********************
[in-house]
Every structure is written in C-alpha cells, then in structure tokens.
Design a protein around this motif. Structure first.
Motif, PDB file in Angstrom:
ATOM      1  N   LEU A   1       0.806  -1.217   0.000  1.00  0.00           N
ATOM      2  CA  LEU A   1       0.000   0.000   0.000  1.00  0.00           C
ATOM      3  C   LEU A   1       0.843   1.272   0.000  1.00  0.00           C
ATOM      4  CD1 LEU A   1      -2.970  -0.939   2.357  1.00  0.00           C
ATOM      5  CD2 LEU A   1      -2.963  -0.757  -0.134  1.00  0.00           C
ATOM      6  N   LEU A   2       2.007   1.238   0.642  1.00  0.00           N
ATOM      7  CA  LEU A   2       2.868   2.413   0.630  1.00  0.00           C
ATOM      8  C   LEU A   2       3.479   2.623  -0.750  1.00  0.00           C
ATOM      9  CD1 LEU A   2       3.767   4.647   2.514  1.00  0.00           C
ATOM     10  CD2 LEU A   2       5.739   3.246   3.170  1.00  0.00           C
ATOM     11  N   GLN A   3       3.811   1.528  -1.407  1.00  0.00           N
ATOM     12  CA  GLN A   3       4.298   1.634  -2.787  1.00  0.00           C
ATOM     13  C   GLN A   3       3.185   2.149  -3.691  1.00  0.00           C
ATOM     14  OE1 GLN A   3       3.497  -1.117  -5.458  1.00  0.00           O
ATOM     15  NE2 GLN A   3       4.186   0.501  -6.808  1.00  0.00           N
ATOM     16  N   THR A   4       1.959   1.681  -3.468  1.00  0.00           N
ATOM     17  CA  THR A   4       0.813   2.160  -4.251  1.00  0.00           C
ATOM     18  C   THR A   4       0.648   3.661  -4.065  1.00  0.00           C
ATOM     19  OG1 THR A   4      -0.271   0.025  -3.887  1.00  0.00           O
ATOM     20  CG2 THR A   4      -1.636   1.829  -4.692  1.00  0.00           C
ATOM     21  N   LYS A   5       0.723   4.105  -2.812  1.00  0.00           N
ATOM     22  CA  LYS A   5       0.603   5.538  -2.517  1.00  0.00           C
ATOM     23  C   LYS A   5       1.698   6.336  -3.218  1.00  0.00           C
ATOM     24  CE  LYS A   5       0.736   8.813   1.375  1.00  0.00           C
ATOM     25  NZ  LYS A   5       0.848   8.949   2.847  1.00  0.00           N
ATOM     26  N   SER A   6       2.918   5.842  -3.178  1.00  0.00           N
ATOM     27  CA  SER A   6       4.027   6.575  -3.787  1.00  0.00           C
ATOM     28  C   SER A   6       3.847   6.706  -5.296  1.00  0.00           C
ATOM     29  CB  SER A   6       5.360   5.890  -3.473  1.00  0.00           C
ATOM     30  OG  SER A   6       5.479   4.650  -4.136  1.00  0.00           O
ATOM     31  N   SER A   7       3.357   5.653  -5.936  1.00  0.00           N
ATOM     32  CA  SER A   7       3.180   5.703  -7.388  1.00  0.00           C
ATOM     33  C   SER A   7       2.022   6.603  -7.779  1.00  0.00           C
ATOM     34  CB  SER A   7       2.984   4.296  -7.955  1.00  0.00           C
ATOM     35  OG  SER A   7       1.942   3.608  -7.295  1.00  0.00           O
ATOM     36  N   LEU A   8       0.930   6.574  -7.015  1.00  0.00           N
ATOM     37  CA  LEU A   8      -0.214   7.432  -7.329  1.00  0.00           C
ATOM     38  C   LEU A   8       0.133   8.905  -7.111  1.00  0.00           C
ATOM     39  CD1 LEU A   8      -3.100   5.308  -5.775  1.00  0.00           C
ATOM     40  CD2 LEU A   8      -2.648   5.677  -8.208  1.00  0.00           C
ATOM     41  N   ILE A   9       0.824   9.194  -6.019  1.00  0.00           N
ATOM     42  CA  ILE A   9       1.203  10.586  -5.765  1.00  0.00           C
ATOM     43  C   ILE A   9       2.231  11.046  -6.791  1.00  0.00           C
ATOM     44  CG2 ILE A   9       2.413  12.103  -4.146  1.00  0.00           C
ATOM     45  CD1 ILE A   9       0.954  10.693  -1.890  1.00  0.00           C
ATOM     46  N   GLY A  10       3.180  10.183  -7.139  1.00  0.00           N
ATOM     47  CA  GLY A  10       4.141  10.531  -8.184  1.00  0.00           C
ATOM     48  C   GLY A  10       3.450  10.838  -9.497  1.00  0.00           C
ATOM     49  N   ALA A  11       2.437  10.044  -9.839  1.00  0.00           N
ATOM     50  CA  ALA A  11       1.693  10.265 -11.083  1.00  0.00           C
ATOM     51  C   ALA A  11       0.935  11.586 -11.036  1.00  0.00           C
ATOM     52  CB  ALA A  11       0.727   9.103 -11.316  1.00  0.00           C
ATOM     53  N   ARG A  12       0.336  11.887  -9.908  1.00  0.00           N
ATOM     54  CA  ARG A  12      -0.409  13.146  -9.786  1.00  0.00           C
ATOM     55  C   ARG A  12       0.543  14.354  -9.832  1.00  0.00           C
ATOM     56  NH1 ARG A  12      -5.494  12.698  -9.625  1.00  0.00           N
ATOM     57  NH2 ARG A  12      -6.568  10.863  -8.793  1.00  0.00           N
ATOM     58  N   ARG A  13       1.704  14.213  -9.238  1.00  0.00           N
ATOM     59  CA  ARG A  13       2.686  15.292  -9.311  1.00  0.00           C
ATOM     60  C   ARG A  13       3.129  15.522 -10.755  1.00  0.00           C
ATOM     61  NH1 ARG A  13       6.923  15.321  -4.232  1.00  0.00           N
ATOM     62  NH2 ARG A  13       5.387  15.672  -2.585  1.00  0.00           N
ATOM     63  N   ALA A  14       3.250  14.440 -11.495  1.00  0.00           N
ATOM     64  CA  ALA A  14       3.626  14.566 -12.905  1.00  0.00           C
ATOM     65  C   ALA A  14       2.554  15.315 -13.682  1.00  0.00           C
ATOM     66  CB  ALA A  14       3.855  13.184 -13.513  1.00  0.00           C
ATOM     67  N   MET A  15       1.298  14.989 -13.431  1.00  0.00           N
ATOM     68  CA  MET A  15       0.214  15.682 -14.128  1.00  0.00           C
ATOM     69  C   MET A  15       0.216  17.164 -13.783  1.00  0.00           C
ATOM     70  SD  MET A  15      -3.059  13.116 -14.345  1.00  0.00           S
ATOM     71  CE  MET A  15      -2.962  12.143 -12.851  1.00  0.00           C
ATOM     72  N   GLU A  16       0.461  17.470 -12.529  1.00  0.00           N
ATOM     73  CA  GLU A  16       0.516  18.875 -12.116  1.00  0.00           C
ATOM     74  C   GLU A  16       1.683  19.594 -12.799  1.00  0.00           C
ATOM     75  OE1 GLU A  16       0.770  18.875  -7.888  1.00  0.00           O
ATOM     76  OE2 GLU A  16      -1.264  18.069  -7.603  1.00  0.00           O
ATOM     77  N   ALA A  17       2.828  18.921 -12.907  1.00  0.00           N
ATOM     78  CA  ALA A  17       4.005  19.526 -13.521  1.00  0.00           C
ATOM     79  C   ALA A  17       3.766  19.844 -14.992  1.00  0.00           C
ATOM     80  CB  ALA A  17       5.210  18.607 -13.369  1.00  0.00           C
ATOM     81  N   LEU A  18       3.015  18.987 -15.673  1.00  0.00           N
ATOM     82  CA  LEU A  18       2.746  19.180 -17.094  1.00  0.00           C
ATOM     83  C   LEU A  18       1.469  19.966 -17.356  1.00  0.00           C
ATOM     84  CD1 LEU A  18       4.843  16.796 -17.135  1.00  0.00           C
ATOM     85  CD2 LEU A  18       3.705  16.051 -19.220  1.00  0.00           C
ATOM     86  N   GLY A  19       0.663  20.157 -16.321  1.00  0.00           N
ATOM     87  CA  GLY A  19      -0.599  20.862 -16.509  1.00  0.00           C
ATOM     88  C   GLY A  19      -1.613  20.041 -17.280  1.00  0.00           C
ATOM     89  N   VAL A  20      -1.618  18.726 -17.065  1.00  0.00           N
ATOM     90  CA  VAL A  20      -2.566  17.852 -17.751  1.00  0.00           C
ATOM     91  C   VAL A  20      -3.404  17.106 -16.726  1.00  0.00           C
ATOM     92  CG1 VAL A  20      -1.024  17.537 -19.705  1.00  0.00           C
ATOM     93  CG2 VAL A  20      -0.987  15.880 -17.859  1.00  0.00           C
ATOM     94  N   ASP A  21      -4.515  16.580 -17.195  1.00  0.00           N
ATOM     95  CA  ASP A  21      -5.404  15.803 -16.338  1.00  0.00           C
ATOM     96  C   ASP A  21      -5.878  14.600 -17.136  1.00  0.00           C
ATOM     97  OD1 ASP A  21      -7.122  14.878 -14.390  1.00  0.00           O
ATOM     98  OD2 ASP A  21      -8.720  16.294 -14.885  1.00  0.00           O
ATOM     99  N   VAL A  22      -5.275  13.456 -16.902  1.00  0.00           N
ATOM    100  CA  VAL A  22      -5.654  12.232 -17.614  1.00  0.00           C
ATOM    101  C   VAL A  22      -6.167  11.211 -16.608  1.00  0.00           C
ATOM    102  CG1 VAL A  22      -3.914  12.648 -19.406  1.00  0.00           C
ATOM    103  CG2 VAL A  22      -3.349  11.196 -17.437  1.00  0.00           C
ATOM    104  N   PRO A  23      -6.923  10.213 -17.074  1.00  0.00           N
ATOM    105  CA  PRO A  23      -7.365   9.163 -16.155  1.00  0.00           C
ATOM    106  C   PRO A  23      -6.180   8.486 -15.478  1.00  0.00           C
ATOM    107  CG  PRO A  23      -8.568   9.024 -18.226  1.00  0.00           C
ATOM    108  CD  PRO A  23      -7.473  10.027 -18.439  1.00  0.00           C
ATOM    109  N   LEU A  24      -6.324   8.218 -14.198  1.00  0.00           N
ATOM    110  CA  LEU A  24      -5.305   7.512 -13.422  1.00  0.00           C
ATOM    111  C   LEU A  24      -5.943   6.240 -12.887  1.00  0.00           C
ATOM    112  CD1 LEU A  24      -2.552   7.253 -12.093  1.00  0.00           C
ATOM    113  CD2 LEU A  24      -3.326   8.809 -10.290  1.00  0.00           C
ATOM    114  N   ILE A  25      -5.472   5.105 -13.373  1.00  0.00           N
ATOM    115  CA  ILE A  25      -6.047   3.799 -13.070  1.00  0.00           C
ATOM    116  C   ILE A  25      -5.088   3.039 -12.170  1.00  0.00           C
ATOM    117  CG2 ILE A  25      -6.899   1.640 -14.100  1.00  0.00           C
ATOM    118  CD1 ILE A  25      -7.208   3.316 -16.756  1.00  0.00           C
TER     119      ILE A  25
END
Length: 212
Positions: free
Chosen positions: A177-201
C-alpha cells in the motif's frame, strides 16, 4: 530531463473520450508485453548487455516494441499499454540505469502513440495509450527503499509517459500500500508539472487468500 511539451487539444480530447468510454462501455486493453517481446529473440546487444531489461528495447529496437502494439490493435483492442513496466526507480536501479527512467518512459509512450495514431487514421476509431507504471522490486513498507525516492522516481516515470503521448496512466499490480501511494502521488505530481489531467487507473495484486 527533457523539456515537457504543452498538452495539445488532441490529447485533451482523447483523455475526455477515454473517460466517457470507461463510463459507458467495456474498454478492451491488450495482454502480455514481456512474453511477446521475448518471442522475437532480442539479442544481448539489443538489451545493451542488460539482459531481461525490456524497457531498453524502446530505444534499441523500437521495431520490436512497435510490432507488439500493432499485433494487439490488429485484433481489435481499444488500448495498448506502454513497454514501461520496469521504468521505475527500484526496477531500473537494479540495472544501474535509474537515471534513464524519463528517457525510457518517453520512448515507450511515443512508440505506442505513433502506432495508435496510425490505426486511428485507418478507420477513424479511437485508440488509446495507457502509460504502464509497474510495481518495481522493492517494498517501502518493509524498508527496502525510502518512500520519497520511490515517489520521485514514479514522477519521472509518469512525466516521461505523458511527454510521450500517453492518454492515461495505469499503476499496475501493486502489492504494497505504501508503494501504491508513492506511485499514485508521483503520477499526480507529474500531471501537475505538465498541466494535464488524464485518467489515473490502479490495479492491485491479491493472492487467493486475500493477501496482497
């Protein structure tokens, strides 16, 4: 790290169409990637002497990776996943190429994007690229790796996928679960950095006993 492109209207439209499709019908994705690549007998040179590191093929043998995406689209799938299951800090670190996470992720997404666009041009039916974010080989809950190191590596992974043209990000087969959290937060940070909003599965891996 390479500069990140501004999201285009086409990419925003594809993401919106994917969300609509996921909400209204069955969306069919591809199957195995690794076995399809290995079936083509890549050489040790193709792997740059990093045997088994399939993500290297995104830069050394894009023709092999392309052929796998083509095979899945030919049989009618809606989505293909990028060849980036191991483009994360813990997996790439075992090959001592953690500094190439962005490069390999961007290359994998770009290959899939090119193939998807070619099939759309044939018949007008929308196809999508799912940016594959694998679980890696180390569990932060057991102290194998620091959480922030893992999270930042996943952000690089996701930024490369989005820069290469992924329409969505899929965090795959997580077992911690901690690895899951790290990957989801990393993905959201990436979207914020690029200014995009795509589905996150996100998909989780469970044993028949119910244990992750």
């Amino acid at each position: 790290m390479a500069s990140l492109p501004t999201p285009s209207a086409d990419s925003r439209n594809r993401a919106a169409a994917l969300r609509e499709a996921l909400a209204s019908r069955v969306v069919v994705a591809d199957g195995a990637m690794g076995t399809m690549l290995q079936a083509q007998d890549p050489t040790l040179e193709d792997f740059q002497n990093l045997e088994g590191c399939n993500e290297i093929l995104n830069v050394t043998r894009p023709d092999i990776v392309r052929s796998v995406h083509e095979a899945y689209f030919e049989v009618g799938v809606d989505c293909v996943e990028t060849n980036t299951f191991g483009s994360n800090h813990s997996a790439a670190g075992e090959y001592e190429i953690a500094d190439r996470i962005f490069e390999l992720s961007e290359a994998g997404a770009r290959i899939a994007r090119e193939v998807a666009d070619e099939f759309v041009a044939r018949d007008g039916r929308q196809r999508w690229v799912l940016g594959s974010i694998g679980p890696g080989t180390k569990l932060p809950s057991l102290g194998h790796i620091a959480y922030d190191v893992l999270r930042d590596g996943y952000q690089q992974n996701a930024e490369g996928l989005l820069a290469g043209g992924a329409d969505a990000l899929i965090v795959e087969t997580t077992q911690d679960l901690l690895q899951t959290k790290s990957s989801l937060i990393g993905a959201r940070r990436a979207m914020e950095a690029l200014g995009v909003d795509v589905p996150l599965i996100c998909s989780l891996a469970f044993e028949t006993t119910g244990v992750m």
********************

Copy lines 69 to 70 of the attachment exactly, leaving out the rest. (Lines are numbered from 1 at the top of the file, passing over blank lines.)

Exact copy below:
ATOM     65  C   ALA A  14       2.554  15.315 -13.682  1.00  0.00           C
ATOM     66  CB  ALA A  14       3.855  13.184 -13.513  1.00  0.00           C